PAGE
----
The maintenance of Shi-hu needs to be carried out regularly and frequently. In particular, during the typhoon seasons or after each individual typhoon incident, repairing fishing weirs becomes necessary and sometimes urgent. To repair the fishing weirs, it takes the most skillful and experienced group of technicians to make it right. As the weir technicians are only well trained by working, there is a shortage of such talents to implement the tasks.

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Lao-gu shi (coral walls) and wind breakers for vegetable gardens
Another example of traditional wisdom as a modern tourist attraction is the local buildings. Typical Penghu houses were built with local basaltic rocks and coral stones.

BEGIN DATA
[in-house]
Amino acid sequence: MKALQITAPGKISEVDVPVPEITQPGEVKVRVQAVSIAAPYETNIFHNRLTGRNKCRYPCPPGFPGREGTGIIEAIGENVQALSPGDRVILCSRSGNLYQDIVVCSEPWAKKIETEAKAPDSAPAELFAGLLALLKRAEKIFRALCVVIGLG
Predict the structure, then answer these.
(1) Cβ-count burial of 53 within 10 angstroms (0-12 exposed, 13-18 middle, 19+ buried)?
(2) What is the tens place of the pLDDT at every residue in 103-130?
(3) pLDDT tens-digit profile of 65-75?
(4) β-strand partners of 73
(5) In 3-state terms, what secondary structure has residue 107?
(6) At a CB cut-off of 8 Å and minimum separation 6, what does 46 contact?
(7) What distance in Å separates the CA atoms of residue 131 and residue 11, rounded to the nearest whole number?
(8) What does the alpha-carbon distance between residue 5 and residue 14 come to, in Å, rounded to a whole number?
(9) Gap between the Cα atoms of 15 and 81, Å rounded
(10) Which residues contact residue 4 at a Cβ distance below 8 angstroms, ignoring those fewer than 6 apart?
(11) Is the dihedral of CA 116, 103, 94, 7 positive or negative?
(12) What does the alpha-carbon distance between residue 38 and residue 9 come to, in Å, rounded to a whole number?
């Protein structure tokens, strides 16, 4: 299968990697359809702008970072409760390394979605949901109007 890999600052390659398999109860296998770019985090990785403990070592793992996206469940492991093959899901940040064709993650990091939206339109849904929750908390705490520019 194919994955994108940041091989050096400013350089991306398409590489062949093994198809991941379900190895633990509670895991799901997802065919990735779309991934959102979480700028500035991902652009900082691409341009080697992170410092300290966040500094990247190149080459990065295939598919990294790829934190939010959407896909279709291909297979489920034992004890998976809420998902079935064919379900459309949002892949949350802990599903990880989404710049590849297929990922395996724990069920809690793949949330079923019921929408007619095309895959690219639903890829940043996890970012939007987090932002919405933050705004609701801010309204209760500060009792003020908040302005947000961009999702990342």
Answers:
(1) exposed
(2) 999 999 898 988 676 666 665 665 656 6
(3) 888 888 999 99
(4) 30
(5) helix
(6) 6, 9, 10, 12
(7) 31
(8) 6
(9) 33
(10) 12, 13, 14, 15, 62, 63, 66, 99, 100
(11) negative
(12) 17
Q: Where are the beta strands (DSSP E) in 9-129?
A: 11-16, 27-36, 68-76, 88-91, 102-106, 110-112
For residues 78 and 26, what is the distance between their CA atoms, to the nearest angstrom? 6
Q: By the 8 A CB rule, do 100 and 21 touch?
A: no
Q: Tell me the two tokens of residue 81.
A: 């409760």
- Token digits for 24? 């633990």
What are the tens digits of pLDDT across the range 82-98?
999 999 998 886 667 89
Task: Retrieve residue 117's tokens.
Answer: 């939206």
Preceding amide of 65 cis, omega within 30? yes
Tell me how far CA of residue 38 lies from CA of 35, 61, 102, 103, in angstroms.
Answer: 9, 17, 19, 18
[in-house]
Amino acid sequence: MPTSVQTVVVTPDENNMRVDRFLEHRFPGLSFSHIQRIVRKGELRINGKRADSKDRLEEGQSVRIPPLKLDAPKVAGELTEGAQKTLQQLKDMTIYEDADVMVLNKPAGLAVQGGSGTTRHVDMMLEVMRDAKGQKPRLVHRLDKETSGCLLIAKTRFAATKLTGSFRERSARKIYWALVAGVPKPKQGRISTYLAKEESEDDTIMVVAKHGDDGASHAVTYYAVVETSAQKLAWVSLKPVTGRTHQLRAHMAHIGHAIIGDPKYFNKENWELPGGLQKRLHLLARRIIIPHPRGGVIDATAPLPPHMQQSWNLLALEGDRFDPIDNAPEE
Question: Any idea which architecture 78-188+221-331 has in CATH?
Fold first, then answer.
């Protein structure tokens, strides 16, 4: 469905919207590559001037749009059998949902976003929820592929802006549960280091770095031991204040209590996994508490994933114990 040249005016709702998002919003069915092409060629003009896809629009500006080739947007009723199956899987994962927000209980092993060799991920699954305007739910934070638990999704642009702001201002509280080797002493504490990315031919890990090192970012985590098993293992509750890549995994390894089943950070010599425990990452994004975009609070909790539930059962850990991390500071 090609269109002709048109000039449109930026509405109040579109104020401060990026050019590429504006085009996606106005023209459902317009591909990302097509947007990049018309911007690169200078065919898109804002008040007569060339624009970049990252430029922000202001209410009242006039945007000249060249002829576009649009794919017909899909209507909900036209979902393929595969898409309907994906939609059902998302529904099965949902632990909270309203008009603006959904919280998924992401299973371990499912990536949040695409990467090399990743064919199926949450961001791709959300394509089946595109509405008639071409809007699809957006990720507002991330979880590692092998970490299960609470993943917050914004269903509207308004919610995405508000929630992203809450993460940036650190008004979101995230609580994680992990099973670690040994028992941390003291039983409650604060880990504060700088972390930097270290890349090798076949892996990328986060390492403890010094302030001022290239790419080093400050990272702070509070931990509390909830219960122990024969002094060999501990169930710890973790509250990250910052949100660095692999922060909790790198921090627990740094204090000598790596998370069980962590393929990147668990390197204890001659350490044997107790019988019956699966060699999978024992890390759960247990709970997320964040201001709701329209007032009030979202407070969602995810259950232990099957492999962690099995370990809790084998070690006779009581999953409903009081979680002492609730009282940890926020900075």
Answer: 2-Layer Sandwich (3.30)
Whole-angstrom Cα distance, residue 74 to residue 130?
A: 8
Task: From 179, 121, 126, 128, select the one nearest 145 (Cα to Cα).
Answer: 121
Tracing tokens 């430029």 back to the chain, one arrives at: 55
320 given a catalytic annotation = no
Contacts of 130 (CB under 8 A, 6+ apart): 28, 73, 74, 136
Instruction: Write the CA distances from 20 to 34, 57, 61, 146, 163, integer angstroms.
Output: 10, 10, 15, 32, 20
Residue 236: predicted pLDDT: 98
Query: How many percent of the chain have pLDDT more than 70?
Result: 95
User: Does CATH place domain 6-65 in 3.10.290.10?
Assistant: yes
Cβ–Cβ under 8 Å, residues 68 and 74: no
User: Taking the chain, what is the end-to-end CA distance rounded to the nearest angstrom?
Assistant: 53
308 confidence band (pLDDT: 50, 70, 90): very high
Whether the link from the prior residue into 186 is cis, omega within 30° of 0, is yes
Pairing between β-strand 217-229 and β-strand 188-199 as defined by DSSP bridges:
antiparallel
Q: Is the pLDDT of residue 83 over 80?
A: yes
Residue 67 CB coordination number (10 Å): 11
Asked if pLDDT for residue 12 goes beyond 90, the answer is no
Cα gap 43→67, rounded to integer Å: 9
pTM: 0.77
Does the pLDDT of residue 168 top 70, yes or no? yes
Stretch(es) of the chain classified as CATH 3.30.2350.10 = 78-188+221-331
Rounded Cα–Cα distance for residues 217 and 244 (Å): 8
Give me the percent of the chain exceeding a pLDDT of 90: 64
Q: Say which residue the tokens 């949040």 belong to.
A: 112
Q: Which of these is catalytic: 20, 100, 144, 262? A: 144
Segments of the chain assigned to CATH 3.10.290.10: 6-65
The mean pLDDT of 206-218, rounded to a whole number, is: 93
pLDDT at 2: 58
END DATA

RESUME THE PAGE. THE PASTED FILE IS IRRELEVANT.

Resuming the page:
Lao-gu shi are coral blocks or stones. They were dug out of the ocean for building purposes. For the residents to fish on the seabed, they were used to build fishing weirs. The coral stones which are built into wind breakers for the vegetable gardens are call Tsai-zai, i.e. vegetable house. It is a concept of adaptation to make farming and gardening easier. It is the environmental wisdom of the traditional society of Penghu. It is the infrastructure needed for the fishing village to complete their needs for daily life and diet.
The coral stones are often cut into blocks to be used as building materials for housing. In the past, some of the lower walls of traditional buildings were made of basalt, with lighter coral stones on the top of the basalt. Although the coral stones are not very strong, they are durable enough for building various architectures. Some buildings of coral stones are even made even stronger by wind blowing which causes interlocking of the coral stones.